4.9We have considered a number of agencies for this responsibility, including the Department of Internal Affairs, the Health Quality and Safety Commission, MOJ and MOH.
4.10As we described in Chapter 3, the three primary public purposes of death certification cover health, justice and statistical interests. However, our consultation and research has revealed that by far the greatest current problems, and therefore the main focus of our proposals, relate to the determination of the cause of death. Making improvements in that area requires medical expertise. It also follows that, where public money is required for these improvements, funding should largely come from health budgets rather than from justice or statistics.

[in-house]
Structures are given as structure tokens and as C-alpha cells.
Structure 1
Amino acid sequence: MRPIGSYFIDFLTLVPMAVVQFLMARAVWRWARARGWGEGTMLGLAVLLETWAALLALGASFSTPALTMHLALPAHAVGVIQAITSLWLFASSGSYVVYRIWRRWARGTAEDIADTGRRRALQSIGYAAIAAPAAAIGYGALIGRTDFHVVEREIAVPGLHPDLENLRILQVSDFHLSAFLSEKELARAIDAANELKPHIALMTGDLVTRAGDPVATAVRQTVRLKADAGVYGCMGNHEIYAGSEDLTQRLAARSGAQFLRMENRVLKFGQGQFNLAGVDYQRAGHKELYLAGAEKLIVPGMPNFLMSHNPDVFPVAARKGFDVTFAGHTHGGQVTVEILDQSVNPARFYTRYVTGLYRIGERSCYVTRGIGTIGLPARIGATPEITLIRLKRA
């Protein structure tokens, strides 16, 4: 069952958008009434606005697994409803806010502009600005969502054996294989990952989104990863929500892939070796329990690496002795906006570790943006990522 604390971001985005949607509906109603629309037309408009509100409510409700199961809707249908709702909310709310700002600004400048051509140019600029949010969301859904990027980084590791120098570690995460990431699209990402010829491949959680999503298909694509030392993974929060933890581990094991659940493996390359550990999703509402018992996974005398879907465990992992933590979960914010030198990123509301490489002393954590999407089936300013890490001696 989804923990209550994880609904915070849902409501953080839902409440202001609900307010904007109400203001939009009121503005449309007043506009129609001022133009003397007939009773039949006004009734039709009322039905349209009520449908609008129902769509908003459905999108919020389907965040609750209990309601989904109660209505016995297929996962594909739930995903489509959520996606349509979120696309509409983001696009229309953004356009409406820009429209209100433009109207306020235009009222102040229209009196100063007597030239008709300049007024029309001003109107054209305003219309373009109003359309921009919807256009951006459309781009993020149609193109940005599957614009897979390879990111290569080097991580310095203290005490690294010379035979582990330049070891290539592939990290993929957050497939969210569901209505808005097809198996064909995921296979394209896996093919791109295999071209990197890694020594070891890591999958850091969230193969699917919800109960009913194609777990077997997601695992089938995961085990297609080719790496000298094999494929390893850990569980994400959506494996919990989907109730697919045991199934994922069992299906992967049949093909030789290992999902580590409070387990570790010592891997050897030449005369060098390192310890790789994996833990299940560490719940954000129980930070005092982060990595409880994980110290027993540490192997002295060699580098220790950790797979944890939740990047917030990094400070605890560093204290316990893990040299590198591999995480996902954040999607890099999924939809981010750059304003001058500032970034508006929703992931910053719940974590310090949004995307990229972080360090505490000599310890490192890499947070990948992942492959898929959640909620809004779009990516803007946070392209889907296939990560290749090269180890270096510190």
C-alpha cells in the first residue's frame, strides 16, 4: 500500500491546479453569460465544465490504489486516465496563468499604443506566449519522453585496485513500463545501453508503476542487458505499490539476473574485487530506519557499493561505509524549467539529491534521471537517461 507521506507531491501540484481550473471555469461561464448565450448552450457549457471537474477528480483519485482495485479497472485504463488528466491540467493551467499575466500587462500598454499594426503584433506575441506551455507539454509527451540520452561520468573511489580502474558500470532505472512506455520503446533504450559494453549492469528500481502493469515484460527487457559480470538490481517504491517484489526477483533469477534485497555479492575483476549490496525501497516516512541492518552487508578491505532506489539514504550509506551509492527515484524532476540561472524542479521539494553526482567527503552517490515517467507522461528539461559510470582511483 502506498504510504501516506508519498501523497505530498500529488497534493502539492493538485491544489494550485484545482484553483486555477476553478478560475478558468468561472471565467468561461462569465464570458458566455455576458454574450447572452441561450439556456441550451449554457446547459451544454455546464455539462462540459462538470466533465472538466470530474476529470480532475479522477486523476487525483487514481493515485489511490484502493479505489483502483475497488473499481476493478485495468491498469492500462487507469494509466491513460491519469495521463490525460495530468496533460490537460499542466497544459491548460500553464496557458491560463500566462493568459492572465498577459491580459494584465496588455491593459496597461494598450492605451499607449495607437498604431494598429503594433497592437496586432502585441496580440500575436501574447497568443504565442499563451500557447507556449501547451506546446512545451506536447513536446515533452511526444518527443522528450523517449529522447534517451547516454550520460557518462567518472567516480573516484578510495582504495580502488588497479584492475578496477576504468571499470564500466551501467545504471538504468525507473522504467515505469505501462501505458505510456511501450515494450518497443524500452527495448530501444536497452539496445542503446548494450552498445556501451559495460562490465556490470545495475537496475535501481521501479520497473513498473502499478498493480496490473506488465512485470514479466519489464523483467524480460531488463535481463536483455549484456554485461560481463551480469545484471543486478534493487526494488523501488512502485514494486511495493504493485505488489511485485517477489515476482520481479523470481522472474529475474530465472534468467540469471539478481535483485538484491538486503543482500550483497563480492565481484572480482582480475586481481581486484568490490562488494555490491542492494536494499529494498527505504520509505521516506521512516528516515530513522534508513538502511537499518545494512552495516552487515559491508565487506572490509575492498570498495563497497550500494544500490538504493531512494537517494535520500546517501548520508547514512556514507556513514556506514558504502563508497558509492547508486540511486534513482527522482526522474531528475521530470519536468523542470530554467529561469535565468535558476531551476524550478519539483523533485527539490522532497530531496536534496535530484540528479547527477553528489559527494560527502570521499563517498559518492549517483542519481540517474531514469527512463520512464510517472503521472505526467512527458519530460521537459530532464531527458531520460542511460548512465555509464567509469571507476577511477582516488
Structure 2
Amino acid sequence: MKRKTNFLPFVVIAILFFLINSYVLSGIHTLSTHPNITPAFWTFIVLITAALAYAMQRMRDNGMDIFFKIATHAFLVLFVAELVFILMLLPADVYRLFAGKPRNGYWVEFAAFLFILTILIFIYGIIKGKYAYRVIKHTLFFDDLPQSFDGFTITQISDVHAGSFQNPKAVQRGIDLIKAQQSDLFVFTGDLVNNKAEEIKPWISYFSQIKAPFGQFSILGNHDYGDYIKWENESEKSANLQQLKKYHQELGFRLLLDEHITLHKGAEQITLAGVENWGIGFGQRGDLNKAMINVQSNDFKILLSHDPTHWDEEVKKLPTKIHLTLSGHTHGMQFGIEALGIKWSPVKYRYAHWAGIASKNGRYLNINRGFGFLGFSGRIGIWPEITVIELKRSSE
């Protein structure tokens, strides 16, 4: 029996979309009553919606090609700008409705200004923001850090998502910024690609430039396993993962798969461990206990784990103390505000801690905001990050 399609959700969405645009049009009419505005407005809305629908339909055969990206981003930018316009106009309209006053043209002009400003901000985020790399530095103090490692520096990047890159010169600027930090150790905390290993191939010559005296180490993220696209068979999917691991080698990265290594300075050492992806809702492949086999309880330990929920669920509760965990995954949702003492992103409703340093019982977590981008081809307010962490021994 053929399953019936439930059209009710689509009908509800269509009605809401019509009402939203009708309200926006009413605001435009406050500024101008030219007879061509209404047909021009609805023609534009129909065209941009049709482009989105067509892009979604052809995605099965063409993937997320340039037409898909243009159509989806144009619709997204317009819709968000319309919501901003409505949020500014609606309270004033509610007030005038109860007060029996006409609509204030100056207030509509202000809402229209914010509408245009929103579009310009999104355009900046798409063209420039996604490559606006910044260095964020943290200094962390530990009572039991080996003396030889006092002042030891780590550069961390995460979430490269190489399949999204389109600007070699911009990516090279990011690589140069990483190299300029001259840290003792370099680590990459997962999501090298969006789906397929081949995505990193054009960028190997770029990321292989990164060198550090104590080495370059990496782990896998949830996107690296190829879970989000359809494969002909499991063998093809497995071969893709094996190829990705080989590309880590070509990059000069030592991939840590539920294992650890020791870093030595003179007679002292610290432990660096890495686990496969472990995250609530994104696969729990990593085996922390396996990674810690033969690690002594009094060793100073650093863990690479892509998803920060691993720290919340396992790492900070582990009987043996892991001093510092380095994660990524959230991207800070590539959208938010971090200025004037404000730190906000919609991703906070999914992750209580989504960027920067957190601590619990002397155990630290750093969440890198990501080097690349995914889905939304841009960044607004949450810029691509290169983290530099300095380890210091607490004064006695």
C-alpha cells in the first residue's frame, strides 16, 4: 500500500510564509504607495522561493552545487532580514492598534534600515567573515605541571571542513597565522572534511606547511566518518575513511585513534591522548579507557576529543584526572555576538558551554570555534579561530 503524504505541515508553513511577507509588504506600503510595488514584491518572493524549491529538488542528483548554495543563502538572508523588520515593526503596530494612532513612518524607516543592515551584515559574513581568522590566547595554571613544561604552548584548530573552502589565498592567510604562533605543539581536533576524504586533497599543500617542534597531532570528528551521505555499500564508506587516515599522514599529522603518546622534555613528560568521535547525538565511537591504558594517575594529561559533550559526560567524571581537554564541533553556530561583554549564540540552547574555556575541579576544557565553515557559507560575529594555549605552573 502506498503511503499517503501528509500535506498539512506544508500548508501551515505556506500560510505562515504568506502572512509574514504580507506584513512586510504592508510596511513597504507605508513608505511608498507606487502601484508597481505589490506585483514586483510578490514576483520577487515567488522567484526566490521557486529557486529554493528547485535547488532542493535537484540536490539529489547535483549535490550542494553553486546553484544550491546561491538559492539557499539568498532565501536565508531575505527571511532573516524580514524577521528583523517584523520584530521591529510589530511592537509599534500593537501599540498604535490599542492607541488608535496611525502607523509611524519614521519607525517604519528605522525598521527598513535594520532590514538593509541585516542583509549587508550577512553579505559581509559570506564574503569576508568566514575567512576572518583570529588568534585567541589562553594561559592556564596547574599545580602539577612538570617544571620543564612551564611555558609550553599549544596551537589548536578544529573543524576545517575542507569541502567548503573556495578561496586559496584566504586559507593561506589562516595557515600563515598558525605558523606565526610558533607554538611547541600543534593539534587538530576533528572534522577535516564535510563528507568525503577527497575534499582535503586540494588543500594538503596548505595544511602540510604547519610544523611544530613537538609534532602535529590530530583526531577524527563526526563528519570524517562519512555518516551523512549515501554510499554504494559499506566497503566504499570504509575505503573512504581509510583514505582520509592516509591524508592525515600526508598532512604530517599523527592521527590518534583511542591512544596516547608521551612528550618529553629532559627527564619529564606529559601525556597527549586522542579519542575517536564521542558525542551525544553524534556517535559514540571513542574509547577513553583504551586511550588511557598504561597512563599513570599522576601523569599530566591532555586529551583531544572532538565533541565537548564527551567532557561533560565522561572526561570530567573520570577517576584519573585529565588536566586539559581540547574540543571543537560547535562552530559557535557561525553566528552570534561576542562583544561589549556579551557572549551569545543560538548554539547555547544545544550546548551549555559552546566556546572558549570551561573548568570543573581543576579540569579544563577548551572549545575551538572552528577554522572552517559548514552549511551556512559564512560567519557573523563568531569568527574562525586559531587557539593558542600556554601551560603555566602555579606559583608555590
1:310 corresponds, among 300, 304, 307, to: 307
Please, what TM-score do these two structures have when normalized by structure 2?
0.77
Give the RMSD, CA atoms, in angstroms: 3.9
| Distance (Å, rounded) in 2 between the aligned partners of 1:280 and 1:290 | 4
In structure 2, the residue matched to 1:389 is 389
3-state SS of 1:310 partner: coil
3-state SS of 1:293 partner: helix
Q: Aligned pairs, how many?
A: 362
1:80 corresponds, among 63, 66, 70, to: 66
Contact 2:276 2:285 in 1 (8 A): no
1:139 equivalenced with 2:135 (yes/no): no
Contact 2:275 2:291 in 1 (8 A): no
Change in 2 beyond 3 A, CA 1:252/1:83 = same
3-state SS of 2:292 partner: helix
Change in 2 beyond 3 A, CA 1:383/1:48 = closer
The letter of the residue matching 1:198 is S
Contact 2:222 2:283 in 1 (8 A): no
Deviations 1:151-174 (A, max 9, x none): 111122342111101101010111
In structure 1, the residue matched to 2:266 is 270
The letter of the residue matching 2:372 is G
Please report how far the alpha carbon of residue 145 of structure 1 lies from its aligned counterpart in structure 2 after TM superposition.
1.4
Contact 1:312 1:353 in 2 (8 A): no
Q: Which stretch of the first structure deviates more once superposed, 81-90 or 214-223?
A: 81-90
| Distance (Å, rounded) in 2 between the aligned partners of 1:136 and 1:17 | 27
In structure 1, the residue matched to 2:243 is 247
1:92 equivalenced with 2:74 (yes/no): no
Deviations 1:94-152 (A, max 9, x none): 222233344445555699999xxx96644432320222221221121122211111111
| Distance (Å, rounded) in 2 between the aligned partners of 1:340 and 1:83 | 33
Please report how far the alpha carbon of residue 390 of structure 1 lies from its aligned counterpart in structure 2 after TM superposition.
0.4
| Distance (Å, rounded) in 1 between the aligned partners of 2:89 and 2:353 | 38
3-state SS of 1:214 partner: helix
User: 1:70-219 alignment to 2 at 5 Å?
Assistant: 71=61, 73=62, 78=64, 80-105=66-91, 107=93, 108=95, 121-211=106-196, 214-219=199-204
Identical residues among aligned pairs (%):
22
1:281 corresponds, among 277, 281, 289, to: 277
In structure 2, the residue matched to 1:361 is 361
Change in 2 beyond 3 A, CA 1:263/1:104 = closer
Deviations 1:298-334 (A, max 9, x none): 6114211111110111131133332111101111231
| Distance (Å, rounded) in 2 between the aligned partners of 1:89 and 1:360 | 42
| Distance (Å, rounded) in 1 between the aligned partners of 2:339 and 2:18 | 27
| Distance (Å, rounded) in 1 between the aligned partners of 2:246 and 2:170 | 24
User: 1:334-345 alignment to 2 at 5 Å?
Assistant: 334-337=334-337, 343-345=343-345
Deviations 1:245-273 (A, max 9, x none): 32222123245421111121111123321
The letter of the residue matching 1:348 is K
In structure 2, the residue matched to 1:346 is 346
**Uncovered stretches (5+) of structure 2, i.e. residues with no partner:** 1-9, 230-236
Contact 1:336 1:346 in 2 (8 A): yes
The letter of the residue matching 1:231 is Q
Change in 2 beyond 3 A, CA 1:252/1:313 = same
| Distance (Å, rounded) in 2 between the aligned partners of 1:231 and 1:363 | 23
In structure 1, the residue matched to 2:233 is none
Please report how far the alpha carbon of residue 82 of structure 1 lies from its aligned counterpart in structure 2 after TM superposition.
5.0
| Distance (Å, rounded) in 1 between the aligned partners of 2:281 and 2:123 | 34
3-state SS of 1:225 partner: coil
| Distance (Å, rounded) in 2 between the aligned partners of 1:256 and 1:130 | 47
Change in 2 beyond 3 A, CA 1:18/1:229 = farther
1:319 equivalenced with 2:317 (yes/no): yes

4.12The death certification system is the only aspect of the policy underlying the current Act that we consider should remain the responsibility of the Ministry of Health. As we mentioned in Chapter 1, responsibility for all other aspects—burials, cremations, regulation of the funeral industry and the framework for burial decisions—should be held by the Department of Internal Affairs. Given the retention of this responsibility by the Ministry of Health, it may be thought that the legislative provisions relating to death certification should best reside alongside other health legislation—perhaps as an amendment to the Health Act 1956—rather than alongside burial and cremation legislation.
R2The Ministry of Health should have responsibility for the quality of outputs and outcomes from the death certification process.